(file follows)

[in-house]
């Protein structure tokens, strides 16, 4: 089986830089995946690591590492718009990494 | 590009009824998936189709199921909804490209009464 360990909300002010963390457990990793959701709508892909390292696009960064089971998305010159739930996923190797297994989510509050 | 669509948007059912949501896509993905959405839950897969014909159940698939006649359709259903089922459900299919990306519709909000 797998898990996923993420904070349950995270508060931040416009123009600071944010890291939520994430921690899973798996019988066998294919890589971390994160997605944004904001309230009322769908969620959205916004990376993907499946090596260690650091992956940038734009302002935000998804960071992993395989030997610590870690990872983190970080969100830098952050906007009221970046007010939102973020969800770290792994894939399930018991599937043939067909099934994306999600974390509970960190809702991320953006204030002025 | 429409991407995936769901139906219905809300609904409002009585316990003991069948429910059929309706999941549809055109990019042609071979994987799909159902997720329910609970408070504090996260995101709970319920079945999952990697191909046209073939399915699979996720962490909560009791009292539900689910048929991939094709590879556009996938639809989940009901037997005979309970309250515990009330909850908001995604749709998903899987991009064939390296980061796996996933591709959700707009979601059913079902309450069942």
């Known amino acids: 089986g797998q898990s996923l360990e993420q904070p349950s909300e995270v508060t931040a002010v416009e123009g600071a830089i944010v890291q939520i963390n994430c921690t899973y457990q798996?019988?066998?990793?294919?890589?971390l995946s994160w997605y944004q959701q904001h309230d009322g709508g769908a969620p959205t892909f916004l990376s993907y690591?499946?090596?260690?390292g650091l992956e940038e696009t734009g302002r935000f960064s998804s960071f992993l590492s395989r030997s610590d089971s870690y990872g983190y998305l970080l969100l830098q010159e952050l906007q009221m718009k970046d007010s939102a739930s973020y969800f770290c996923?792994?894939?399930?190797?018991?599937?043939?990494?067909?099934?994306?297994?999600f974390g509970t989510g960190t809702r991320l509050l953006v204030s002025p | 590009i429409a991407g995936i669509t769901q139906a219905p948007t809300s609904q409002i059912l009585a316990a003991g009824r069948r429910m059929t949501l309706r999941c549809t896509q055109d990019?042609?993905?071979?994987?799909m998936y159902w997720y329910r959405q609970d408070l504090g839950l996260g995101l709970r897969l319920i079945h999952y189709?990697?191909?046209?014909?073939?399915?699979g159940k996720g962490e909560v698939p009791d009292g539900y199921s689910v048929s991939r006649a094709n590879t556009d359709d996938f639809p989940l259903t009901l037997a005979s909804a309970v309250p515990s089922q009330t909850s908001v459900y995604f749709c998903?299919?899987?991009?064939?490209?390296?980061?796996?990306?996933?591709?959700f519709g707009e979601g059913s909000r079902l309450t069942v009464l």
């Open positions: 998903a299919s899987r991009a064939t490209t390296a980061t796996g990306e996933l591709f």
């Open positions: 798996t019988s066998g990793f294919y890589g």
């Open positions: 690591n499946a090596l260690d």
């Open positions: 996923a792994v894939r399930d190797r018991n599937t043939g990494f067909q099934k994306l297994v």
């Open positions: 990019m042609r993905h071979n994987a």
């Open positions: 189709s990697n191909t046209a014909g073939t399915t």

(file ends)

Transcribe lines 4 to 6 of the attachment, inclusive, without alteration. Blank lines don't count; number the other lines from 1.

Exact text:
């Open positions: 998903a299919s899987r991009a064939t490209t390296a980061t796996g990306e996933l591709f």
């Open positions: 798996t019988s066998g990793f294919y890589g």
């Open positions: 690591n499946a090596l260690d």